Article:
White Mountains Part 2

The real purpose of visiting the White Mountains was to ride the Cog Railway.  We’ve talked about doing it for years, but never got ourselves together to actually make it happen… until now.  We found out that the first run each day is with a coal-fired steam engine rather than diesel.  Who could pass that up?  So we got up early and made our way to the base of Mount Washington.


This is the coal tender.

So the route is pretty much STRAIGHT up the mountain.  The average slope is a 25% grade (the steepest portion being 37%), so the steam engine is tilted at a 25% angle to promote optimum steam production.  But when it pulled up, it looked like it was broken!


Ummmm… your engine is sagging.


These are the actual cogs that the gears grab as they go up the mountain.


Yes, that’s actual coal.

On the way up, we were allowed to wander around the passenger car.  There wasn’t actually far to wander – it’s just the one passenger car pushed by the steam engine.  But walking down toward the back is hilarious, because it almost feels like you’re falling down the aisle, and the way back up to our seat is like walking up an incredibly steep hill.


Check out the mountains behind the engine… Beautiful!

We made it to the top just before a storm was settling in, so we got a beautiful view of the mountain range capped by storm clouds.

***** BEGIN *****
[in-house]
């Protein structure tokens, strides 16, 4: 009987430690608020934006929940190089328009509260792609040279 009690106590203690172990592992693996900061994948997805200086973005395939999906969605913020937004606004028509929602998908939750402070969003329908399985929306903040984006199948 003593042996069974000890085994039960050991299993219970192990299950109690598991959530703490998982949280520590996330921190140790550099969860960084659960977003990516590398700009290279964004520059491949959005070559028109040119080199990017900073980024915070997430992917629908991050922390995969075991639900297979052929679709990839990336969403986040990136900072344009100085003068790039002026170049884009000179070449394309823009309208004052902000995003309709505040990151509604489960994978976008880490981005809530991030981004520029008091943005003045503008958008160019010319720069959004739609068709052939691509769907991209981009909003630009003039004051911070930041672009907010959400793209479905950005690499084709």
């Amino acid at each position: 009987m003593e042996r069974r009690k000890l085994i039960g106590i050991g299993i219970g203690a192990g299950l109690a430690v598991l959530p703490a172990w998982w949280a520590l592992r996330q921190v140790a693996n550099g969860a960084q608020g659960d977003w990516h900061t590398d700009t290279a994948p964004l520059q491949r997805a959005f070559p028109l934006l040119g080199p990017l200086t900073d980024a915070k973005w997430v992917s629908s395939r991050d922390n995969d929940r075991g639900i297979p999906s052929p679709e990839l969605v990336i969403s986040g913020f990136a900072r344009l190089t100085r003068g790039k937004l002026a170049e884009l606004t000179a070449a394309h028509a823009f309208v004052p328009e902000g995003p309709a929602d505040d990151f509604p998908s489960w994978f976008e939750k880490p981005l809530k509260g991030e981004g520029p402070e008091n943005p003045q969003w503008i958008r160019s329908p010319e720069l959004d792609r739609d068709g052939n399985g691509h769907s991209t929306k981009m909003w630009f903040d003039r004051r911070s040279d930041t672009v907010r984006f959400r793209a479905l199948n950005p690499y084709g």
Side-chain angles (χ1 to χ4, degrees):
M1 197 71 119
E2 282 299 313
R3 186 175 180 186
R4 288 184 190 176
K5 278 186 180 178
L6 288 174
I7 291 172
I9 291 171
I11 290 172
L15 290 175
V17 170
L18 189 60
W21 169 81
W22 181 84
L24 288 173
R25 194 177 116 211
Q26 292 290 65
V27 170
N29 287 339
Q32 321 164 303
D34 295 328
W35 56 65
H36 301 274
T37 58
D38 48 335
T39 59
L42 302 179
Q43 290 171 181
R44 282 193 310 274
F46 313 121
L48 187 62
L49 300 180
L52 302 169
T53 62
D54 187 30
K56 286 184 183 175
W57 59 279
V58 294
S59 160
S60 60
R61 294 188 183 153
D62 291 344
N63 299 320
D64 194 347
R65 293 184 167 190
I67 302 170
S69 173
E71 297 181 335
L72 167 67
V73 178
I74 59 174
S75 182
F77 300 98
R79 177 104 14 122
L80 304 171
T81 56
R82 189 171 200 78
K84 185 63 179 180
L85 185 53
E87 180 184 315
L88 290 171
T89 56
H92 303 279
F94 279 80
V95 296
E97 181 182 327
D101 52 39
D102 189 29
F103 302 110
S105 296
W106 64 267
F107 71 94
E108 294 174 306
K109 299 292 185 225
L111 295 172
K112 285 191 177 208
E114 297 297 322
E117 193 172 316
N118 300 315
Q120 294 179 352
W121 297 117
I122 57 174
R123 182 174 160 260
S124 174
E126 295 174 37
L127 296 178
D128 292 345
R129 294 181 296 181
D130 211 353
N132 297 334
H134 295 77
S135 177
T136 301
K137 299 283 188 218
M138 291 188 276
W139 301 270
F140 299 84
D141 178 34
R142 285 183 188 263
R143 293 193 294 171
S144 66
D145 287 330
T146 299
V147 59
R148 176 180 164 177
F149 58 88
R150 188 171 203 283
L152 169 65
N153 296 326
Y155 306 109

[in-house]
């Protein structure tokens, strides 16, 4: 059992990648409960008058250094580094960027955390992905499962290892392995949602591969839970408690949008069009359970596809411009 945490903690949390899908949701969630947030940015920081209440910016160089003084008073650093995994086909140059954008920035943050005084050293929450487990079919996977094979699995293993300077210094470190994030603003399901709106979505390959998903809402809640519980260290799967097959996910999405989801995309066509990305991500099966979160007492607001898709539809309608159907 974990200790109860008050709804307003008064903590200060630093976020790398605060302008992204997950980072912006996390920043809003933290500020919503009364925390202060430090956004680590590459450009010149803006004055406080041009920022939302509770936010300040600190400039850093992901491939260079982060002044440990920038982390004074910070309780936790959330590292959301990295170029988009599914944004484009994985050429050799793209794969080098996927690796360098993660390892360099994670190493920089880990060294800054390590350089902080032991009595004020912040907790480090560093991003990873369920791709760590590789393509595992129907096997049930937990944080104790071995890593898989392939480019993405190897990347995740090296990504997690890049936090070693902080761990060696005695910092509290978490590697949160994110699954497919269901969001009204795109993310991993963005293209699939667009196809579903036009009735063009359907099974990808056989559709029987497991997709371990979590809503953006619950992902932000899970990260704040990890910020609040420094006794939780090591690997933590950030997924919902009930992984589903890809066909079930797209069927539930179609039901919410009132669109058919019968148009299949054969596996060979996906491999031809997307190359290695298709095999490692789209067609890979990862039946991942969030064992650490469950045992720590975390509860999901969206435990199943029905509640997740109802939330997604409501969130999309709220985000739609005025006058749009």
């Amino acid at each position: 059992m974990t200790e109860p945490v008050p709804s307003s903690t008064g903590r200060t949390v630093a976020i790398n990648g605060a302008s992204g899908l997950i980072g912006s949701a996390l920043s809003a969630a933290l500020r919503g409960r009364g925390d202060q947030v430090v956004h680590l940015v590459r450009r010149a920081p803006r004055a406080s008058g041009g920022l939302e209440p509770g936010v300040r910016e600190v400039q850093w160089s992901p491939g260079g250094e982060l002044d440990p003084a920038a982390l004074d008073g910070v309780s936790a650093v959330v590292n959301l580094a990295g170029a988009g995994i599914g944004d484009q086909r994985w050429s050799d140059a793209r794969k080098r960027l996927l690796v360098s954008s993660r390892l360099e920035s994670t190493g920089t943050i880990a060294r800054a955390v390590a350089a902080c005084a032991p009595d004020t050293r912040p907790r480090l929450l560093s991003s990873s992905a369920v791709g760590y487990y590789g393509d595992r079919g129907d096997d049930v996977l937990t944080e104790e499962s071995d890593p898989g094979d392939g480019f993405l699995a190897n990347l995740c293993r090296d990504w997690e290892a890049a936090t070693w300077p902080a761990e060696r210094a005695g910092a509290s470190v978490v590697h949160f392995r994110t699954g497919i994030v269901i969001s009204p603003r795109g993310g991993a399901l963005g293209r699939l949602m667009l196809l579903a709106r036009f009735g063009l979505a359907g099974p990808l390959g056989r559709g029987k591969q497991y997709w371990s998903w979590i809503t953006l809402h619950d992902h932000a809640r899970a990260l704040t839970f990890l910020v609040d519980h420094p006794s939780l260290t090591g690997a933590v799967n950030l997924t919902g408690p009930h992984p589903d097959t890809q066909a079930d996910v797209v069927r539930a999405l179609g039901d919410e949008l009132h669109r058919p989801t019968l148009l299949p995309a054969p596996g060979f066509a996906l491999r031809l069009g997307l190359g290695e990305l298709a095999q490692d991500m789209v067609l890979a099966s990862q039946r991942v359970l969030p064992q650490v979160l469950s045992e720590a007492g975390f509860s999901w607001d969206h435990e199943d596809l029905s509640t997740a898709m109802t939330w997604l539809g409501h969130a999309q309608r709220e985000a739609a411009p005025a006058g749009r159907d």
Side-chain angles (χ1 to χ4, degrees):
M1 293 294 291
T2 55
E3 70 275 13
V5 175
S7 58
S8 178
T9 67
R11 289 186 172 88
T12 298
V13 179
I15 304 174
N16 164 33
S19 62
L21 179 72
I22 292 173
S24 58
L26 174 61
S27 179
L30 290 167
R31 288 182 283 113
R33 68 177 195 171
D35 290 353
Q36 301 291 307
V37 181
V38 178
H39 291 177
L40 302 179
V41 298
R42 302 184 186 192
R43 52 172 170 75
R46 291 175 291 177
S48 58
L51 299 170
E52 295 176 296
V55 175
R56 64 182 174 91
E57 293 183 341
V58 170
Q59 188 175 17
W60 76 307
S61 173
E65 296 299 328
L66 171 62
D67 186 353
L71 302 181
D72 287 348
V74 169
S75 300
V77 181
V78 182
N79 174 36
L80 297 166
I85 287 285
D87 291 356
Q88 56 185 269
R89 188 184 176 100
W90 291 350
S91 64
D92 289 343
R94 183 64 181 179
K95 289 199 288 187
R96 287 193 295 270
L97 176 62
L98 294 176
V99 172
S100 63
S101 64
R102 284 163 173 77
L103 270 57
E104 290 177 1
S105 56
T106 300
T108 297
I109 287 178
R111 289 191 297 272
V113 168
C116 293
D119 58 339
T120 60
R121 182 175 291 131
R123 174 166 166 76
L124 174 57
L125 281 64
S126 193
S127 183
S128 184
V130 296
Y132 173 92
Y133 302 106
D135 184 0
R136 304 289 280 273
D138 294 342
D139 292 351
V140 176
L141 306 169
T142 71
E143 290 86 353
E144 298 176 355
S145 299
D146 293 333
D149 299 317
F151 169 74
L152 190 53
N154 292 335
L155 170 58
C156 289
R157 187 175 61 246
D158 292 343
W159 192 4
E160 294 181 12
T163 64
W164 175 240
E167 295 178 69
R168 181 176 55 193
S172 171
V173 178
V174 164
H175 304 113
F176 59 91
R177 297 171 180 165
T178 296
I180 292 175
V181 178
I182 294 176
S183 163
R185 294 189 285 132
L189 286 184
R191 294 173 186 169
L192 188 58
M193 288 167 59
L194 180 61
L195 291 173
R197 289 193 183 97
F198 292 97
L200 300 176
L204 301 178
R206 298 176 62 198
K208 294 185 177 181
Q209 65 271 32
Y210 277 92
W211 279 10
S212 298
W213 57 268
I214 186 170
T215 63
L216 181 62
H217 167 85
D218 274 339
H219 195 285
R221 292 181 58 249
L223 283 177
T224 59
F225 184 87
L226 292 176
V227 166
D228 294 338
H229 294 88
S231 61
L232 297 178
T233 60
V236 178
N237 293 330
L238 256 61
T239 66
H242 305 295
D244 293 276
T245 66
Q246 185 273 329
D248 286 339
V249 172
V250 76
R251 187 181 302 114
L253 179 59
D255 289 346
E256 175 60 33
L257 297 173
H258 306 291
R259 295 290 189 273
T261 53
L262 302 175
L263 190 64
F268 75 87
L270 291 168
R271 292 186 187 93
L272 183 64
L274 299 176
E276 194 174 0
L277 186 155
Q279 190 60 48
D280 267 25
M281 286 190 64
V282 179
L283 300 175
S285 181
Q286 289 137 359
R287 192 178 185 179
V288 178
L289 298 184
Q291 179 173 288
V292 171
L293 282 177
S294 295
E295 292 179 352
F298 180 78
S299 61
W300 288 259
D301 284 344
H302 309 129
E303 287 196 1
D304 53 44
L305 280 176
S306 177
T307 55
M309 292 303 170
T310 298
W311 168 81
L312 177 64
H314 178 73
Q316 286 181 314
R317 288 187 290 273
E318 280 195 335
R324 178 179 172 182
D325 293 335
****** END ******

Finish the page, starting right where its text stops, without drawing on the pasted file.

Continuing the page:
Obligatory summit shot.

The trip back down was a bit more subdued, mostly because it was scary.  The seats turn around, so you are facing down the mountain, and they are tilted back slightly, but not nearly enough to make you feel that you don’t have to brace yourself or you’ll go sliding right off your seat and onto the seat back in front of you.  The brakeman is in the front of the car working furiously to keep our weight from putting too much pressure on the engine.  We all stayed seated, and breathed a sigh of relief, and a round of applause when we reached the bottom!




Here’s a diesel engine coming up as we were going down.

We all agreed that we want to ride the railway again someday, and one 14 year old young man is determined to hike up the mountain next time!  We’ll see!


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